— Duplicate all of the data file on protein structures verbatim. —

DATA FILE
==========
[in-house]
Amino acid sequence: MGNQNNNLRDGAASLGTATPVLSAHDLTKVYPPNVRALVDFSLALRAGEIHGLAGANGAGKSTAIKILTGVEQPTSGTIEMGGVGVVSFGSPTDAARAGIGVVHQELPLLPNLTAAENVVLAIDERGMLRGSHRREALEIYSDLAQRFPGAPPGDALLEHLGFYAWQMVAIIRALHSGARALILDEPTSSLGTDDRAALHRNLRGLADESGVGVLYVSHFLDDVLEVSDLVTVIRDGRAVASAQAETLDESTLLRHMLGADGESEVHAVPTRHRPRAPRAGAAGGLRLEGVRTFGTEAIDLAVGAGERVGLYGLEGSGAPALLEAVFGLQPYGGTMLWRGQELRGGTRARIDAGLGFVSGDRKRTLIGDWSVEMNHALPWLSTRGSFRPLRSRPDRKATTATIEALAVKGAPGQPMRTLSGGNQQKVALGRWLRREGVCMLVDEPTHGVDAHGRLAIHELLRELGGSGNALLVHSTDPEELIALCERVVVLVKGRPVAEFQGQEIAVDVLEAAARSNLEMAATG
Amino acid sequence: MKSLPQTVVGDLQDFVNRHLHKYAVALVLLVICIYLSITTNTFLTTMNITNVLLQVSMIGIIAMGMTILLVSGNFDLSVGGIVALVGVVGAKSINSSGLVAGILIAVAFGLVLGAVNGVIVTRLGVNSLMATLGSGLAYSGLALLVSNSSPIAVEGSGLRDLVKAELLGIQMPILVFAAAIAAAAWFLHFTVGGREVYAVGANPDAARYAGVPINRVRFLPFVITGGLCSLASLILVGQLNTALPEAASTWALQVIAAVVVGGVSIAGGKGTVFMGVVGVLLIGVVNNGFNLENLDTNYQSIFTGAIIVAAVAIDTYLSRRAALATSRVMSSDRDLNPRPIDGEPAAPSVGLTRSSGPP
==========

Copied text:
[in-house]
Amino acid sequence: MGNQNNNLRDGAASLGTATPVLSAHDLTKVYPPNVRALVDFSLALRAGEIHGLAGANGAGKSTAIKILTGVEQPTSGTIEMGGVGVVSFGSPTDAARAGIGVVHQELPLLPNLTAAENVVLAIDERGMLRGSHRREALEIYSDLAQRFPGAPPGDALLEHLGFYAWQMVAIIRALHSGARALILDEPTSSLGTDDRAALHRNLRGLADESGVGVLYVSHFLDDVLEVSDLVTVIRDGRAVASAQAETLDESTLLRHMLGADGESEVHAVPTRHRPRAPRAGAAGGLRLEGVRTFGTEAIDLAVGAGERVGLYGLEGSGAPALLEAVFGLQPYGGTMLWRGQELRGGTRARIDAGLGFVSGDRKRTLIGDWSVEMNHALPWLSTRGSFRPLRSRPDRKATTATIEALAVKGAPGQPMRTLSGGNQQKVALGRWLRREGVCMLVDEPTHGVDAHGRLAIHELLRELGGSGNALLVHSTDPEELIALCERVVVLVKGRPVAEFQGQEIAVDVLEAAARSNLEMAATG
Amino acid sequence: MKSLPQTVVGDLQDFVNRHLHKYAVALVLLVICIYLSITTNTFLTTMNITNVLLQVSMIGIIAMGMTILLVSGNFDLSVGGIVALVGVVGAKSINSSGLVAGILIAVAFGLVLGAVNGVIVTRLGVNSLMATLGSGLAYSGLALLVSNSSPIAVEGSGLRDLVKAELLGIQMPILVFAAAIAAAAWFLHFTVGGREVYAVGANPDAARYAGVPINRVRFLPFVITGGLCSLASLILVGQLNTALPEAASTWALQVIAAVVVGGVSIAGGKGTVFMGVVGVLLIGVVNNGFNLENLDTNYQSIFTGAIIVAAVAIDTYLSRRAALATSRVMSSDRDLNPRPIDGEPAAPSVGLTRSSGPP